Winderman: Wade’s move to Li-Ning good for marketplace

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Left unclear by Dwyane Wade’s move from Jordan Brand to Chinese brand Li-Ning is whether he had opted for innovation or simply was not offered what he believed to be a commensurate deal.

But that’s not the point.

The point is this:

When the Miami Heat, still arguably the NBA’s most high-profile team, take the court to start games, they will take the court with a lineup that not only features Nike-wearing LeBron James and Chris Bosh, but with Wade in Li-Ning, Shane Battier in Chinese make Peak and Mario Chalmers in Spalding.

That’s four brands among five starters, including three that aren’t Nike, Reebok or adidas.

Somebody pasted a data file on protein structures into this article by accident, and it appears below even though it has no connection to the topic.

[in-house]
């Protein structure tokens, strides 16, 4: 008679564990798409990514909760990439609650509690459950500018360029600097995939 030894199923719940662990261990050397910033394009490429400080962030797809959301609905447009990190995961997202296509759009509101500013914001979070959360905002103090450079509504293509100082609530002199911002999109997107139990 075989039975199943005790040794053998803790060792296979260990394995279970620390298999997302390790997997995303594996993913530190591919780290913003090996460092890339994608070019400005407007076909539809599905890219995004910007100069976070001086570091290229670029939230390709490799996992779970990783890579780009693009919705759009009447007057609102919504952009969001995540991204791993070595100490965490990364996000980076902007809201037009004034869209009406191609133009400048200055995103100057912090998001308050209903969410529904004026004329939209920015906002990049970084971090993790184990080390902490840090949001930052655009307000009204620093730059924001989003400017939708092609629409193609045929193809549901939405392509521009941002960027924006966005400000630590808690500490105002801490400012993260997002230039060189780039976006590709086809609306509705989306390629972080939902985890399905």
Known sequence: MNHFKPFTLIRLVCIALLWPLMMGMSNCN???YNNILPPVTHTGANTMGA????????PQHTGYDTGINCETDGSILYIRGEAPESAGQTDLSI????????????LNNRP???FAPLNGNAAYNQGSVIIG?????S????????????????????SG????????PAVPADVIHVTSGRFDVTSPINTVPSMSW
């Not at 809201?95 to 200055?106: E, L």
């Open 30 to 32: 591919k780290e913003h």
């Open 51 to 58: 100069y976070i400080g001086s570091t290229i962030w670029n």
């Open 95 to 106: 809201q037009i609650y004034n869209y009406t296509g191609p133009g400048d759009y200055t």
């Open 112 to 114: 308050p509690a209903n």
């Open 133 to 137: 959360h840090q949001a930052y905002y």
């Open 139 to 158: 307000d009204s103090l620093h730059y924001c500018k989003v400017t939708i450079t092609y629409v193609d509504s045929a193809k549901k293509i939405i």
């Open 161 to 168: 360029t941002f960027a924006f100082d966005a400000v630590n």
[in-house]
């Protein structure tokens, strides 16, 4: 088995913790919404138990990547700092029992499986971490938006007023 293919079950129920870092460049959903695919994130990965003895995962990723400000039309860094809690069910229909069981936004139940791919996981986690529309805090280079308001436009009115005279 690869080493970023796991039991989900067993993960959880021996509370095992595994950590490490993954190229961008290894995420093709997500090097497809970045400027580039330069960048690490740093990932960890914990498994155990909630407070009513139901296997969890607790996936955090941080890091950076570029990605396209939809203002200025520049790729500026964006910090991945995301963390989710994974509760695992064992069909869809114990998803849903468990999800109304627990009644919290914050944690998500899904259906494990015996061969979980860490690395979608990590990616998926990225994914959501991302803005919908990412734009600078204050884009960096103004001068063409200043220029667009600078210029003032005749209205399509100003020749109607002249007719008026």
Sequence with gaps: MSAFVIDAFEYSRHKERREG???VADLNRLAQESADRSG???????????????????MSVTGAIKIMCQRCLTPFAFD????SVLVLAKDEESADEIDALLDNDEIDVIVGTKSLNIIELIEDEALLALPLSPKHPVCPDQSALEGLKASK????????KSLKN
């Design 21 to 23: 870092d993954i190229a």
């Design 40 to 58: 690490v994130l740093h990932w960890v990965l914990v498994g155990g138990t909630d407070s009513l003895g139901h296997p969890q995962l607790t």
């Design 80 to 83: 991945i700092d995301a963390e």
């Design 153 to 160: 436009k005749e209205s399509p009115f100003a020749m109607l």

And if you’re a parent, that is a good thing, a very good thing, because when the highest-profile players are wearing something other than the highest-profile (and often highest-priced) brands, it presents economic alternatives. And in this economy, having more “it” brands offers more hope when it comes to leaving the shoe store with something in your wallet.

No, we’re not talking Starbury cheap or even those low-budget models that Shaq was pitching at one point. But not being limited to one, two or three brands at least offers options.

With Carmelo Anthony and Chris Paul, Jordan Brand should do just fine without Wade. And the last time we checked, Nike is still moving those almost-$300 LeBron models with the computer chips in them.

But for every player wearing Li-Ning, Peak, Spalding or something other than one of the big-three brands, it at least offers hope to every parent who has tried to suggest, “Hey, how about these?”

Because at least now, somebody you’ve actually heard of actually is wearing them.

Ira Winderman writes regularly for NBCSports.com and covers the Heat and the NBA for the South Florida Sun-Sentinel. You can follow him on Twitter at @IraHeatBeat.